Mr. Akin can tell us what planet he lives on, but I live in the real world. I take pride in conducting myself with respect and civility with my colleagues. One would hope that Mr. Akin’s misrepresentation of my comments will not reflect the manner in which the House Budget Committee’s members conduct themselves in the future.

What I said in the Budget Committee hearing was the following: “Today, we focused on spending quite a bit as some of the questions have come through. And, in fact, I’m going to paraphrase a popular tea party slogan that goes something like this, ‘The federal government doesn’t have a revenue problem; it has a spending problem.’ Chairman Bernanke, it seems clear to me that the deficit is not just a spending problem.”

Nowhere in my statement did I say the “budget deficit is not a spending problem.”

Mr. Akin’s misstatement does provide an opportunity for a short history lesson for all the new Tea Party Members in Congress. Mr. Akin and I both entered Congress in 2001. At that time, there was a projected ten year budget surplus of $5.6 trillion. Mr. Akin’s party – the Republican Party (before the addition of the Tea Party) – controlled the House of Representatives and the White House. But the real and projected surpluses quickly vanished with President George W. Bush and Mr. Akin in office. The 2001 and 2003 Bush tax cuts – which I voted against and Mr. Akin voted for – contributed to the growth of the federal deficit by the trillions. The war in Iraq – which I opposed and Mr. Akin voted for – has added over one trillion dollars to the national debt.

In 2008, with the U.S. economy in danger of collapse, I voted for the Troubled Asset Relief Program (TARP). I made the tough decision to spend $700 billion to prevent an economic meltdown. Interestingly, a February 9, 2011 editorial headline in USA Today, reads “Surprise! The hated bank bailout is about to turn a profit.” My vote for TARP helped to save our economy and soon will be returning a profit to the U.S. Treasury.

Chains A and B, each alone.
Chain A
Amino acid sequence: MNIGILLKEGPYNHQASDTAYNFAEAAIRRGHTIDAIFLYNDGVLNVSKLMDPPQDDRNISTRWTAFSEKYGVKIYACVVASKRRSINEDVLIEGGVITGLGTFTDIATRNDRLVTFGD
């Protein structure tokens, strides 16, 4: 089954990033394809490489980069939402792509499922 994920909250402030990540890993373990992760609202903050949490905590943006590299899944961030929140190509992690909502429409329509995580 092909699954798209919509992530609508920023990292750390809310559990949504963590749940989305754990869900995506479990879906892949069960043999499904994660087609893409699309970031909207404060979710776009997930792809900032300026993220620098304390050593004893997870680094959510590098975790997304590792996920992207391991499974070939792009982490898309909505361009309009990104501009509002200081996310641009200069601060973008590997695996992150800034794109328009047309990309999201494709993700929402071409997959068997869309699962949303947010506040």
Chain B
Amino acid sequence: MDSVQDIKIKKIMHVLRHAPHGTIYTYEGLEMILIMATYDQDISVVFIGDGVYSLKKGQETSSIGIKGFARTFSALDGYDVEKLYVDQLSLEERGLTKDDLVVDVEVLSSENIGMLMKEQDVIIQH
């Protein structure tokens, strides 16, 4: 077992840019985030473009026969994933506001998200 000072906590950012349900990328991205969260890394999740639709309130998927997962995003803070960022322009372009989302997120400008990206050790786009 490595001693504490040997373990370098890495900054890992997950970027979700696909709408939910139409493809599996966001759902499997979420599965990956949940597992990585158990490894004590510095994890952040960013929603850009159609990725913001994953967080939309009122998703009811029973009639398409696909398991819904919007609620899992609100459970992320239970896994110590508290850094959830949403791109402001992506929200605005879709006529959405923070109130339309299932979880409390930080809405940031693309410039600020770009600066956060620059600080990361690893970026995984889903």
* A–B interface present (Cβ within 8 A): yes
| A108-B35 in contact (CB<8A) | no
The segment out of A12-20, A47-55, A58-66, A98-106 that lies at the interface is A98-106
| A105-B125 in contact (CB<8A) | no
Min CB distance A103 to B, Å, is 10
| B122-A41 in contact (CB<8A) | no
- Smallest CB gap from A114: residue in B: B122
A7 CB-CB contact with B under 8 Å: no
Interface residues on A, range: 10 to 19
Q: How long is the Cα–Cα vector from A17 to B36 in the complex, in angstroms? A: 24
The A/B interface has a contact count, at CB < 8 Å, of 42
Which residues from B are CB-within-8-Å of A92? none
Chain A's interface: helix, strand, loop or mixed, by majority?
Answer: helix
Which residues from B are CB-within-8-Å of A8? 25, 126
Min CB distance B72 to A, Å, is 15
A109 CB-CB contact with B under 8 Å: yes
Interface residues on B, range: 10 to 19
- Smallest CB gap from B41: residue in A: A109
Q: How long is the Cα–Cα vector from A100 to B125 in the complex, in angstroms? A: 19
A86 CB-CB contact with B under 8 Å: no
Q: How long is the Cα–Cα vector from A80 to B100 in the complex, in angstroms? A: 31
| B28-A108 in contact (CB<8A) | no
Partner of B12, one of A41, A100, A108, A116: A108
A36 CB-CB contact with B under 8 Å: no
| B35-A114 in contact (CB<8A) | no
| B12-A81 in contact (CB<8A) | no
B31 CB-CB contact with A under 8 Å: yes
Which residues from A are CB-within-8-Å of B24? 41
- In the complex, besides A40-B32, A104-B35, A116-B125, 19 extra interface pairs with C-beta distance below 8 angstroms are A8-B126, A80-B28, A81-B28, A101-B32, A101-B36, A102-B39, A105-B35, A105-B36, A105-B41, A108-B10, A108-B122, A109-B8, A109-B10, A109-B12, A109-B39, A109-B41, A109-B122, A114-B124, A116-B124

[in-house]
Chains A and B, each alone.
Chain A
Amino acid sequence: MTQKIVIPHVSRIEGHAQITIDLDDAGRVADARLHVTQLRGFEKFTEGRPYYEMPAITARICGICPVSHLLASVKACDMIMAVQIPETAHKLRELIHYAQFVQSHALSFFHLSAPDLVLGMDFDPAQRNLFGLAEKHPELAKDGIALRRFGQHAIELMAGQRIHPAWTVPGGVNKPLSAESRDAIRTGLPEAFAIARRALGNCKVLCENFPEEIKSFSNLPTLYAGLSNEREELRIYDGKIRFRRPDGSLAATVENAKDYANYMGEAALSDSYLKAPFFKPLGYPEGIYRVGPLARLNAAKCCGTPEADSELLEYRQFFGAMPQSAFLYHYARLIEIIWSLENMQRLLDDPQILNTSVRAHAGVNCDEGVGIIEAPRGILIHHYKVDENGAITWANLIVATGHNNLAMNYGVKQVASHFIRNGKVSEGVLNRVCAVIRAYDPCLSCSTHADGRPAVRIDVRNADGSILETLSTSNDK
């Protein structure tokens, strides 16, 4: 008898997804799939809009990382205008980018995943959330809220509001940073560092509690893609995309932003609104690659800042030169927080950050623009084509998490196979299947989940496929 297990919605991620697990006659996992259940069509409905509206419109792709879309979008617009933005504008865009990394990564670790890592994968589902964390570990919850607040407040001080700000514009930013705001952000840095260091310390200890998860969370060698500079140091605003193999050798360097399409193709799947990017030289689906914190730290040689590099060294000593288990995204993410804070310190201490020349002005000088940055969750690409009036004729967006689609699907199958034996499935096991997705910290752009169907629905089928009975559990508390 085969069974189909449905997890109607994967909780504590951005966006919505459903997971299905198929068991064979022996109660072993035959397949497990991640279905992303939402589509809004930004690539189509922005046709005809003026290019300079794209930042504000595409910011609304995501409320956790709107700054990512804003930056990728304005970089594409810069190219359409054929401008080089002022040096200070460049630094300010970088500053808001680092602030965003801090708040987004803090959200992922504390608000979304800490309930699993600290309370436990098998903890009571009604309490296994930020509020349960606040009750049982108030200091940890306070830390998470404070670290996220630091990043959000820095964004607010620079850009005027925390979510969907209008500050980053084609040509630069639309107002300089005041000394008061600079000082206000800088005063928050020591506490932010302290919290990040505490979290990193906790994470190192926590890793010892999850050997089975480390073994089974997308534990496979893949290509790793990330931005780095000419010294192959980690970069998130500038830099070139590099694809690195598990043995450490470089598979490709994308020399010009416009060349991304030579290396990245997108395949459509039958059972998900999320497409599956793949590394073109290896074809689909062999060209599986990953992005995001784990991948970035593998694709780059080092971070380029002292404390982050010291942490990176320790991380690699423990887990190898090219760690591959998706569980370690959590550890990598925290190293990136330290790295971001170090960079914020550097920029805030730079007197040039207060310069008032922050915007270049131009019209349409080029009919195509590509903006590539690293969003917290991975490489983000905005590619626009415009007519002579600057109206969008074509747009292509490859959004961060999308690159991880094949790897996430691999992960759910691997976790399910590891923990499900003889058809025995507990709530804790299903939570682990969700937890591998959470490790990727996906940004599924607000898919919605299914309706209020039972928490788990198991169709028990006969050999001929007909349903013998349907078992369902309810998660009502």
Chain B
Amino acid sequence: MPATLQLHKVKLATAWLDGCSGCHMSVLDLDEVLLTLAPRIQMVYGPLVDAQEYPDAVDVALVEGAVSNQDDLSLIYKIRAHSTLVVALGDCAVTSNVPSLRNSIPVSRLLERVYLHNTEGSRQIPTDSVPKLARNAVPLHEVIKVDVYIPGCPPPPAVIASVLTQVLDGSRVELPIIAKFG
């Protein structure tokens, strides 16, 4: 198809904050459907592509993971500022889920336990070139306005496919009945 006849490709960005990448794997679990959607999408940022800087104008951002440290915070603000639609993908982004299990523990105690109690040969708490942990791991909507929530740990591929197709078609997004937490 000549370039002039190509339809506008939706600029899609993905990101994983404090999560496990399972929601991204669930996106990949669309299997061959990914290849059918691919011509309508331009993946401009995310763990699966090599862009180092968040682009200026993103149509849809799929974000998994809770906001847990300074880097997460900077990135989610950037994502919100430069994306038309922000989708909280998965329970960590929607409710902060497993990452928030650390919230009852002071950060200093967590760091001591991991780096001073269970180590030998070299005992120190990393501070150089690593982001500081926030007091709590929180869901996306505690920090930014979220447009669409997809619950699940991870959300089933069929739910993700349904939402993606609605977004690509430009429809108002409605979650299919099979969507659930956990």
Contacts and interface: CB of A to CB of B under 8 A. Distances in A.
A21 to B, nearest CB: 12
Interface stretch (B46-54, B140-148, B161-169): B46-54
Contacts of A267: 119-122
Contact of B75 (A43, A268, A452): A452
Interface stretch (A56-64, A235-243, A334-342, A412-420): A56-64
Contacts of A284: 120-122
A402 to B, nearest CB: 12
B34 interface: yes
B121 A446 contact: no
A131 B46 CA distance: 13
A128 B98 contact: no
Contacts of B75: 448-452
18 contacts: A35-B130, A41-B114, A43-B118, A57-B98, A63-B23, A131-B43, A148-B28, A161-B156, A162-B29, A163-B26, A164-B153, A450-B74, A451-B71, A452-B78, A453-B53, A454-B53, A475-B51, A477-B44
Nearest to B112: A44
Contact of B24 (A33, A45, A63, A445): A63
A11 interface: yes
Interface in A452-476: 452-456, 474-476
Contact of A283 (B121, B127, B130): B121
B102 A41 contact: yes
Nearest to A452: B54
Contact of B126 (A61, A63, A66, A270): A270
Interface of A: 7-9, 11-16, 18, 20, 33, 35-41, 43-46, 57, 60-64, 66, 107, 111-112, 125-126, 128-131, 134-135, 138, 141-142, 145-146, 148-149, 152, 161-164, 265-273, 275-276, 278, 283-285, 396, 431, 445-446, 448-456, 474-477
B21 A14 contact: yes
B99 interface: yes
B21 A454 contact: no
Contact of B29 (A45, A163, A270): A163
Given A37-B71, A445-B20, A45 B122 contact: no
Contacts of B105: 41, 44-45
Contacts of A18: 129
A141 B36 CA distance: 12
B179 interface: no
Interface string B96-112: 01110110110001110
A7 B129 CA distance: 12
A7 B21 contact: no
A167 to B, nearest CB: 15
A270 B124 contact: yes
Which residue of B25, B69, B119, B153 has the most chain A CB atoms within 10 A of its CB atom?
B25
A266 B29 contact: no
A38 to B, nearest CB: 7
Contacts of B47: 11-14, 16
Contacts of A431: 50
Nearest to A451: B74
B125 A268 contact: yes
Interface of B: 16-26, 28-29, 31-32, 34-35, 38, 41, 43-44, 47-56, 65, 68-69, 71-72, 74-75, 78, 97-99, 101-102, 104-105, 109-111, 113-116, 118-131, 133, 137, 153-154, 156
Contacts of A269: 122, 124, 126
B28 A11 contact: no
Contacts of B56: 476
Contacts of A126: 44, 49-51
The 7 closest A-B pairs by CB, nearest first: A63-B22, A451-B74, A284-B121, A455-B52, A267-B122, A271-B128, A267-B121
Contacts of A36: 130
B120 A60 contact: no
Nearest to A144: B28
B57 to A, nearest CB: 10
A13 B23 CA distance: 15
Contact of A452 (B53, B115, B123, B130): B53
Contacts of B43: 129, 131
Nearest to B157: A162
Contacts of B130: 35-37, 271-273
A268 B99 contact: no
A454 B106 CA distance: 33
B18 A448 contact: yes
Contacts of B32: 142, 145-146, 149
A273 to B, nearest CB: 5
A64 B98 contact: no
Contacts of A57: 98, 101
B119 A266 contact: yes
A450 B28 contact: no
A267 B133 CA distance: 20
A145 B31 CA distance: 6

In December 2010, Congress voted to extend the Bush tax cuts, which will expand our nation’s debt. This package contained extra tax cuts for millionaires and billionaires, along with billions of deficit exploding special tax breaks for NASCAR racetrack owners, Caribbean rum manufacturers, and other special interests. Again, I voted against that fiscally irresponsible legislation, while Mr. Akin voted to add another $858 billion to the deficit.

Members of Congress make different choices on policy. My record and Mr. Akin’s record are obvious examples of this. Mr. Akin is very concerned about spending but at the same time he has taken votes that add trillions of dollars to the national debt. That’s a fact.

Having opposed reckless tax cuts and the Iraq War, I have a different record. I strongly support making smart investments here at home that keep America’s families, communities, and businesses prosperous. I also believe we need to pay for the investments we make.

Congress will never be able to get our nation’s fiscal house in order if we cannot be honest with the facts. This may be a good place for us to start.

Congresswoman Betty McCollum represents Minnesota’s Fourth Congressional District. She serves on the House Appropriations and Budget Committees.